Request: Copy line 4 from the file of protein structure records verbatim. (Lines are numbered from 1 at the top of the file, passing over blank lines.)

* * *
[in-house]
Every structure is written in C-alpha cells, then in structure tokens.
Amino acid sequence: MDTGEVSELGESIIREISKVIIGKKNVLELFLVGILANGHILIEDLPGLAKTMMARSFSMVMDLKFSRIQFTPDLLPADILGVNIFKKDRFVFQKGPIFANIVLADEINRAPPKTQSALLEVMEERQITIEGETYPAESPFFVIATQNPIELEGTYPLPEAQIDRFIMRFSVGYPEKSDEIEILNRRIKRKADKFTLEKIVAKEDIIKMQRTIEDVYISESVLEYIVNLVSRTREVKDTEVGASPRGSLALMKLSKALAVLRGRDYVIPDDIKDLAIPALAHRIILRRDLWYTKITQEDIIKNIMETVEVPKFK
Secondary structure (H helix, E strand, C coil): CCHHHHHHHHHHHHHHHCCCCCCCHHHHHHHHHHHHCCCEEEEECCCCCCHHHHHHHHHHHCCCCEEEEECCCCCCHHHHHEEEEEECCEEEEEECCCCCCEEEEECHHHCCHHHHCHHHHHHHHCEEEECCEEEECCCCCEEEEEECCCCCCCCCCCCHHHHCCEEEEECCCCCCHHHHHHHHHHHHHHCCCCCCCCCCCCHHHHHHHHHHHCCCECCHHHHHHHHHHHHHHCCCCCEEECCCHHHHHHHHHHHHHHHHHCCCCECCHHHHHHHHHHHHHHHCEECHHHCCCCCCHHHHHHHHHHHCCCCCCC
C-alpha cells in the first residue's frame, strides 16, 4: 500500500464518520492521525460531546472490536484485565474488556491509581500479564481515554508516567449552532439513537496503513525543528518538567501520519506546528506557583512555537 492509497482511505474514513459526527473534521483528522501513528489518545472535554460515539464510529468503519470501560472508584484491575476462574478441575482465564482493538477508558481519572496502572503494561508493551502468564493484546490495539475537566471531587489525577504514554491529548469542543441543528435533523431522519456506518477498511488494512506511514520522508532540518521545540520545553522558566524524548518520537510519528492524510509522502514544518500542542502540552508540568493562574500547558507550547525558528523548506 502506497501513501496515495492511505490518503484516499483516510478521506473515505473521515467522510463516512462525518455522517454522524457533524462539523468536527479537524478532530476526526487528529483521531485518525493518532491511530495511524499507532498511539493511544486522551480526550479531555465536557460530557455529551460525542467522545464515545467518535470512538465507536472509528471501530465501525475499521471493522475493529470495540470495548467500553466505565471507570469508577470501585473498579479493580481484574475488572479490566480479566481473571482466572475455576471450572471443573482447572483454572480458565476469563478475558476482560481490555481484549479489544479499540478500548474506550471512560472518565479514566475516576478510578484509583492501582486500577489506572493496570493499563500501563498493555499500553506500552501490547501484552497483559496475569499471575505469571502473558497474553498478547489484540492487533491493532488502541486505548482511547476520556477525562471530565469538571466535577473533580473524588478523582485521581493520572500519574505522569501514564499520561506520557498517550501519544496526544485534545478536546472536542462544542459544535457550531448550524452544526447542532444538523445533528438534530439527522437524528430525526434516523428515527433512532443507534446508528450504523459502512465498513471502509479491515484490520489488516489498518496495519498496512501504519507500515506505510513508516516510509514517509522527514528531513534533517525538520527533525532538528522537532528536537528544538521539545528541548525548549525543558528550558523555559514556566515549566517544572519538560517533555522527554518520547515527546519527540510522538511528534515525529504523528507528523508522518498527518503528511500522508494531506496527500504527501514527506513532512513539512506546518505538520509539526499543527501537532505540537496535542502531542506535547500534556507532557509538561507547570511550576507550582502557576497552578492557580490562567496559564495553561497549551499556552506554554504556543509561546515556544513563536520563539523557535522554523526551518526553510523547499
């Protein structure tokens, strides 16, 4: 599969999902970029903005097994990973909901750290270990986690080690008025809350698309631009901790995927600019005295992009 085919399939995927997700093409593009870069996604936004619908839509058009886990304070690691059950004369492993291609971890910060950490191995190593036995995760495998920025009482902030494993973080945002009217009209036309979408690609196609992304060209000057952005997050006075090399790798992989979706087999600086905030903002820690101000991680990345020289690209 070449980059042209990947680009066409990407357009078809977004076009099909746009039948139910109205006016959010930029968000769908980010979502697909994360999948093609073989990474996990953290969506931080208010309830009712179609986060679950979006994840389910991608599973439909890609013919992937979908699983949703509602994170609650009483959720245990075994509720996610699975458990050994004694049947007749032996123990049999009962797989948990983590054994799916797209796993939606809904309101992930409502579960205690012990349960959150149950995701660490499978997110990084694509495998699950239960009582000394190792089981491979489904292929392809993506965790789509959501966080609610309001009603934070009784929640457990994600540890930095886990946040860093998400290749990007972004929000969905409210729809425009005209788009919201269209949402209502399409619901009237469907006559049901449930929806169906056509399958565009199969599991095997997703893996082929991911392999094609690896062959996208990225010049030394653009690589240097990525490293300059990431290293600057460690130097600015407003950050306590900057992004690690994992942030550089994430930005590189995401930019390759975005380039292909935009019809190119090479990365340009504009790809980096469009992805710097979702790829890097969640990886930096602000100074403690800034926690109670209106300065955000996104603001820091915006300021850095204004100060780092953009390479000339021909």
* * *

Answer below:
Secondary structure (H helix, E strand, C coil): CCHHHHHHHHHHHHHHHCCCCCCCHHHHHHHHHHHHCCCEEEEECCCCCCHHHHHHHHHHHCCCCEEEEECCCCCCHHHHHEEEEEECCEEEEEECCCCCCEEEEECHHHCCHHHHCHHHHHHHHCEEEECCEEEECCCCCEEEEEECCCCCCCCCCCCHHHHCCEEEEECCCCCCHHHHHHHHHHHHHHCCCCCCCCCCCCHHHHHHHHHHHCCCECCHHHHHHHHHHHHHHCCCCCEEECCCHHHHHHHHHHHHHHHHHCCCCECCHHHHHHHHHHHHHHHCEECHHHCCCCCCHHHHHHHHHHHCCCCCCC